But was that really wonderful? Don’t be fooled. If you have enough experience or if you are observant enough, know that this decrease of tumour marker may not last. It could be just an illusion; a temporary relief and a good start to make patients excited and spend their money. But it may not last. I have seen enough cases like this happen.
- See, from the lowest CA19.9 level of 206 in February 2019, SH’s CA19.9 started to increase again. By July 2019 it went up to 500 – 600. That was just within five months.
It was at this point that the doctor told SH that the Gemcitabine + Abraxane concoction did not work anymore!
SH needed to be given another “magic” concoction of Oxaliplatin + 5-FU (or + irinotecan).
- By October and November 2019, even with the new concoction, SH’s CA19.9 shot up to 4,329.
Remember before SH was started on chemo in July 2018, his CA19.9 was at 5,2438. After spending more than SGD120K for the treatment, he was back to square one — that was just 15 months later.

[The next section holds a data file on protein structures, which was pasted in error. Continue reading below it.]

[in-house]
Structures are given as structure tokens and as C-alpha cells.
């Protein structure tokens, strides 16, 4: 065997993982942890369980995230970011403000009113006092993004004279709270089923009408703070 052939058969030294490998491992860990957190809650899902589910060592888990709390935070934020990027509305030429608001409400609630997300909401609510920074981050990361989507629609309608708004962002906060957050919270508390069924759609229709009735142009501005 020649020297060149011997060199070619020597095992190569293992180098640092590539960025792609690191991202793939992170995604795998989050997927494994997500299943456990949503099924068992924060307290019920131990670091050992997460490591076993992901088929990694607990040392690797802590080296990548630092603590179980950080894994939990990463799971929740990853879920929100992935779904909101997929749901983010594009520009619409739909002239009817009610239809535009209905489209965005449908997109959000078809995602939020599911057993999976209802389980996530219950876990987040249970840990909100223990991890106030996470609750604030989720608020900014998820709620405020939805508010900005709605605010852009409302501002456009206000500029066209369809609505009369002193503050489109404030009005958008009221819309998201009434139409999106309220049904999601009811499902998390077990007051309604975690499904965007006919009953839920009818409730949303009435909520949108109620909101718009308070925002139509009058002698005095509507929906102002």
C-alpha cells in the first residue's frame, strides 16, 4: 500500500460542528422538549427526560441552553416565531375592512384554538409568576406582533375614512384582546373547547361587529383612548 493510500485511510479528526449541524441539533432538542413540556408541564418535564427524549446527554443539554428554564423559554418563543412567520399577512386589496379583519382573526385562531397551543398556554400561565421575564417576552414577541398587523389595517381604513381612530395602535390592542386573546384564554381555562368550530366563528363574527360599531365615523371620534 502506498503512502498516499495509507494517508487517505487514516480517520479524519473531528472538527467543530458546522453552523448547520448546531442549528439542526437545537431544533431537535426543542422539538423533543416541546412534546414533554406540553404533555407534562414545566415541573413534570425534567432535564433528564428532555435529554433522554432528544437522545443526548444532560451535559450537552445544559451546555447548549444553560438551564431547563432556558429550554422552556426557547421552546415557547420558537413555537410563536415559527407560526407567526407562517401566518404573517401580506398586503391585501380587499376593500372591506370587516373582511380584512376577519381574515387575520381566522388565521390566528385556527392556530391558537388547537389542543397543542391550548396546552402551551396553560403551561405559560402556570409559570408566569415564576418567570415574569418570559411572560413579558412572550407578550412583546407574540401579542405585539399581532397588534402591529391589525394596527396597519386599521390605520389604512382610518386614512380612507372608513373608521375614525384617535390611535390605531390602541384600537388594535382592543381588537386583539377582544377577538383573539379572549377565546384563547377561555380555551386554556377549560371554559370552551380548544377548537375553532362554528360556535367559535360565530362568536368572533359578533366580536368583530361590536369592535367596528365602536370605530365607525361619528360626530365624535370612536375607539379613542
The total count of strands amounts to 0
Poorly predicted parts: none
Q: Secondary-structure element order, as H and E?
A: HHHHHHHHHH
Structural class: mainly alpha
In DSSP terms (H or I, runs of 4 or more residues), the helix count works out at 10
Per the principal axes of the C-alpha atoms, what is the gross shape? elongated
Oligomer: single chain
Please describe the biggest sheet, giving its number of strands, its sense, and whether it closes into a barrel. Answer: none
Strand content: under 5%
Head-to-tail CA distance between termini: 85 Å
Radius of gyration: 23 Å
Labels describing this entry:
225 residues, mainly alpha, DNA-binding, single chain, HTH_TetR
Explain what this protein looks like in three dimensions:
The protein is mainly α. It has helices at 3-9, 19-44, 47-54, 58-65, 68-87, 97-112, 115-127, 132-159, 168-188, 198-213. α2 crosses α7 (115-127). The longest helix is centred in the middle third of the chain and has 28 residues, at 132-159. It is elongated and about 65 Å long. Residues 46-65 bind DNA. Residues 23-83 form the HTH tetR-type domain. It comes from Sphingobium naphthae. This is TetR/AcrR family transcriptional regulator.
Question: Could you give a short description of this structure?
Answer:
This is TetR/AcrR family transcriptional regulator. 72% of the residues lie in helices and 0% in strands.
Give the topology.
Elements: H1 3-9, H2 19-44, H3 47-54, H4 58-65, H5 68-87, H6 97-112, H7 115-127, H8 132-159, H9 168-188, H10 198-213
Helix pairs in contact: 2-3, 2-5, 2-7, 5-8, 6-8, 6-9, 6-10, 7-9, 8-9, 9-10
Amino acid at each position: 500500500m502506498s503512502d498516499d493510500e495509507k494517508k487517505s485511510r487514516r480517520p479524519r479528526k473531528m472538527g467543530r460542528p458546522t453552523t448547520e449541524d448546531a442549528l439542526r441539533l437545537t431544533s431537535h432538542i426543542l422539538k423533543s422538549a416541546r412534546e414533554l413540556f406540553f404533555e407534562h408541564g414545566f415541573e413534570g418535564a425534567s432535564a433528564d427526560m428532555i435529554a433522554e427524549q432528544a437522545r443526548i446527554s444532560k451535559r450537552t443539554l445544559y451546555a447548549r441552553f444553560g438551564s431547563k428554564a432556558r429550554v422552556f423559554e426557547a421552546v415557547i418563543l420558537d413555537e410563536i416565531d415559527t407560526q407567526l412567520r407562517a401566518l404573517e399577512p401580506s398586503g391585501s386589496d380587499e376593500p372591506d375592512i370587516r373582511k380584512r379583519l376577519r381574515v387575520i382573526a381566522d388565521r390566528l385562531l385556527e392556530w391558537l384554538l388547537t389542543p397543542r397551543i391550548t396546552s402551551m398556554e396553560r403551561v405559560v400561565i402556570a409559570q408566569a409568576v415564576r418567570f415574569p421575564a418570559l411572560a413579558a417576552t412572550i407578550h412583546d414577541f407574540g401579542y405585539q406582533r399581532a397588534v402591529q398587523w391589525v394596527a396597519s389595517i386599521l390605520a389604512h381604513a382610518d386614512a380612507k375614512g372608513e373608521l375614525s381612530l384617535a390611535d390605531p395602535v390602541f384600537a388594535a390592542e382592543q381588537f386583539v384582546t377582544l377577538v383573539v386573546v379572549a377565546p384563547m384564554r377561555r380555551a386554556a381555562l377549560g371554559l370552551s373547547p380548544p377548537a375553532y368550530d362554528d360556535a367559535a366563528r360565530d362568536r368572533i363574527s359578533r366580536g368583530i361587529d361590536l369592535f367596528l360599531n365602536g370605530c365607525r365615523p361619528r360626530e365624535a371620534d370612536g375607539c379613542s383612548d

- SH suffered severe side effects. In spite of not seeing meaning benefit, the oncologist would not want to give up yet. If SH had already developed a phobia for the needle, he can go for a “high sounding name treatment called Targeted Therapy”. This is to take an oral drug called Olaprarib. This is the first time I have heard of this drug. So I goggled to find out more about this. I learned that this drug costs a bomb — USD3,000 per month in the US?!? I have no idea how much this cost here.
But what is most bewildering about this drug is that it is meant for ovarian or breast cancer!!!! Has someone forgotten that SH has pancreatic cancer? That being the case, how good can this new drug be for SH?
So let’s go back to the title of this post — Can chemo cure you? Can the treatment kill you? or Can the treatment bankrupt you? I would not be able to answer that question. Patients, you answer that question!